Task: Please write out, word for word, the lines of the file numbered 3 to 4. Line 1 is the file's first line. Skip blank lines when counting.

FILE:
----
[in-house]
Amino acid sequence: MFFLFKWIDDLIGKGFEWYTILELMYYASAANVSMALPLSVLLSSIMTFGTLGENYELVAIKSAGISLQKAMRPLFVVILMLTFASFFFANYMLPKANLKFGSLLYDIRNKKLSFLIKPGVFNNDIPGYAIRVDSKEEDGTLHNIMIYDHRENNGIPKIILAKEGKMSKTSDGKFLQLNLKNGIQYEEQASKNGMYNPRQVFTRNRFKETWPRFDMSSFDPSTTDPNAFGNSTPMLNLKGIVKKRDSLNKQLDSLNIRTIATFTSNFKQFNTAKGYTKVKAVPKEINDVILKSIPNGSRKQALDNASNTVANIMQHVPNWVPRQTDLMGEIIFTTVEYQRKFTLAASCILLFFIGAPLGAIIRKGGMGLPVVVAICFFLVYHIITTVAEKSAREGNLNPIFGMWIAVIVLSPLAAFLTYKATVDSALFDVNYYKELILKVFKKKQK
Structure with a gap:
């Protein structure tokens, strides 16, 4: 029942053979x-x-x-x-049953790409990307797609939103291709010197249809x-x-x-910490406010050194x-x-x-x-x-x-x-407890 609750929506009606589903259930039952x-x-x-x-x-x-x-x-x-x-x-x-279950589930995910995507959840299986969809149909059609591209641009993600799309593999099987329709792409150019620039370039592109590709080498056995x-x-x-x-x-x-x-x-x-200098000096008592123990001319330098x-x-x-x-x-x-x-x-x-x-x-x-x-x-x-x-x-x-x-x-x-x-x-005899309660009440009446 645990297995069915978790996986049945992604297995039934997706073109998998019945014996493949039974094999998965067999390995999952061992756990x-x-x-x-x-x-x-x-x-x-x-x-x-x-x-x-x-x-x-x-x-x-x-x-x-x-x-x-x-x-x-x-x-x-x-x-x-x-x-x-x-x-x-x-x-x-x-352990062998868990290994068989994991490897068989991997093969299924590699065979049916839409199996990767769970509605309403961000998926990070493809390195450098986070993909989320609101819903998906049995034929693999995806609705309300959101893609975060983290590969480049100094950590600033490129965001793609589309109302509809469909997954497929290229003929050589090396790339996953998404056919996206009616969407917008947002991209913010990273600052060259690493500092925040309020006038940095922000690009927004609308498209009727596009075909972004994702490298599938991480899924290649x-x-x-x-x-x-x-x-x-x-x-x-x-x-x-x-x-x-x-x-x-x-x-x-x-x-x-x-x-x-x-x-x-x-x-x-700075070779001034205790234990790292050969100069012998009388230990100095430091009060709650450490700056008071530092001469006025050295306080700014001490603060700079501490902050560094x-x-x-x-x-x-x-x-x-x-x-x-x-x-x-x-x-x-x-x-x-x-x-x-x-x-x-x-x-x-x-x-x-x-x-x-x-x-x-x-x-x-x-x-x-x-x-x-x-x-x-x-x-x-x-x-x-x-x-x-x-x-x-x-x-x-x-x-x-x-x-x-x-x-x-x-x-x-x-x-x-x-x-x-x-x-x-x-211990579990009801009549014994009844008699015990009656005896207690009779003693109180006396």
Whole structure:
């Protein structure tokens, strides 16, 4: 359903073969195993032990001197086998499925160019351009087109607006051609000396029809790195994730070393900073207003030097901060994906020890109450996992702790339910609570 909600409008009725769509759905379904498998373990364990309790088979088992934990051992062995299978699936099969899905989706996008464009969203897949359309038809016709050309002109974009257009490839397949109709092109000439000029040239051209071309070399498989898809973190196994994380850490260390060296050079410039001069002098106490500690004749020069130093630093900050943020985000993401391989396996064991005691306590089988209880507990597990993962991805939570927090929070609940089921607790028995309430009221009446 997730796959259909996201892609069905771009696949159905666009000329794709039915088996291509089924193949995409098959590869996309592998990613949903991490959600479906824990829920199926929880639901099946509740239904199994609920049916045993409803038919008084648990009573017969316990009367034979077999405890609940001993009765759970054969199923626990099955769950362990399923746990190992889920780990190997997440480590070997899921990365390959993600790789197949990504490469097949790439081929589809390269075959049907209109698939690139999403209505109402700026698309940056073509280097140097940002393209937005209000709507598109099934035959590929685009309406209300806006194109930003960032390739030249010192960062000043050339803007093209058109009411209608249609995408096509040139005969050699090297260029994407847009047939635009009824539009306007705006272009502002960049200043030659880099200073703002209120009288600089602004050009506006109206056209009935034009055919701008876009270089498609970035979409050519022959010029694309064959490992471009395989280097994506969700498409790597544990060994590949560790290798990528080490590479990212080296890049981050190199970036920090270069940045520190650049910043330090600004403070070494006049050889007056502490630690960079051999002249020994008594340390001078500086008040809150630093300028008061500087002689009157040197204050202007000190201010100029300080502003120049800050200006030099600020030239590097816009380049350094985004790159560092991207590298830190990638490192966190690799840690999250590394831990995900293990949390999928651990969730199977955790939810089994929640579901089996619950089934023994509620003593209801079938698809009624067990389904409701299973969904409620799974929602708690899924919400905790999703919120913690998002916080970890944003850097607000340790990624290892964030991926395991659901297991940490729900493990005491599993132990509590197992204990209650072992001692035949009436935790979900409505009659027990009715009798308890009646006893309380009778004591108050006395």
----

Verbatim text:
Structure with a gap:
């Protein structure tokens, strides 16, 4: 029942053979x-x-x-x-049953790409990307797609939103291709010197249809x-x-x-910490406010050194x-x-x-x-x-x-x-407890 609750929506009606589903259930039952x-x-x-x-x-x-x-x-x-x-x-x-279950589930995910995507959840299986969809149909059609591209641009993600799309593999099987329709792409150019620039370039592109590709080498056995x-x-x-x-x-x-x-x-x-200098000096008592123990001319330098x-x-x-x-x-x-x-x-x-x-x-x-x-x-x-x-x-x-x-x-x-x-x-005899309660009440009446 645990297995069915978790996986049945992604297995039934997706073109998998019945014996493949039974094999998965067999390995999952061992756990x-x-x-x-x-x-x-x-x-x-x-x-x-x-x-x-x-x-x-x-x-x-x-x-x-x-x-x-x-x-x-x-x-x-x-x-x-x-x-x-x-x-x-x-x-x-x-352990062998868990290994068989994991490897068989991997093969299924590699065979049916839409199996990767769970509605309403961000998926990070493809390195450098986070993909989320609101819903998906049995034929693999995806609705309300959101893609975060983290590969480049100094950590600033490129965001793609589309109302509809469909997954497929290229003929050589090396790339996953998404056919996206009616969407917008947002991209913010990273600052060259690493500092925040309020006038940095922000690009927004609308498209009727596009075909972004994702490298599938991480899924290649x-x-x-x-x-x-x-x-x-x-x-x-x-x-x-x-x-x-x-x-x-x-x-x-x-x-x-x-x-x-x-x-x-x-x-x-700075070779001034205790234990790292050969100069012998009388230990100095430091009060709650450490700056008071530092001469006025050295306080700014001490603060700079501490902050560094x-x-x-x-x-x-x-x-x-x-x-x-x-x-x-x-x-x-x-x-x-x-x-x-x-x-x-x-x-x-x-x-x-x-x-x-x-x-x-x-x-x-x-x-x-x-x-x-x-x-x-x-x-x-x-x-x-x-x-x-x-x-x-x-x-x-x-x-x-x-x-x-x-x-x-x-x-x-x-x-x-x-x-x-x-x-x-x-211990579990009801009549014994009844008699015990009656005896207690009779003693109180006396």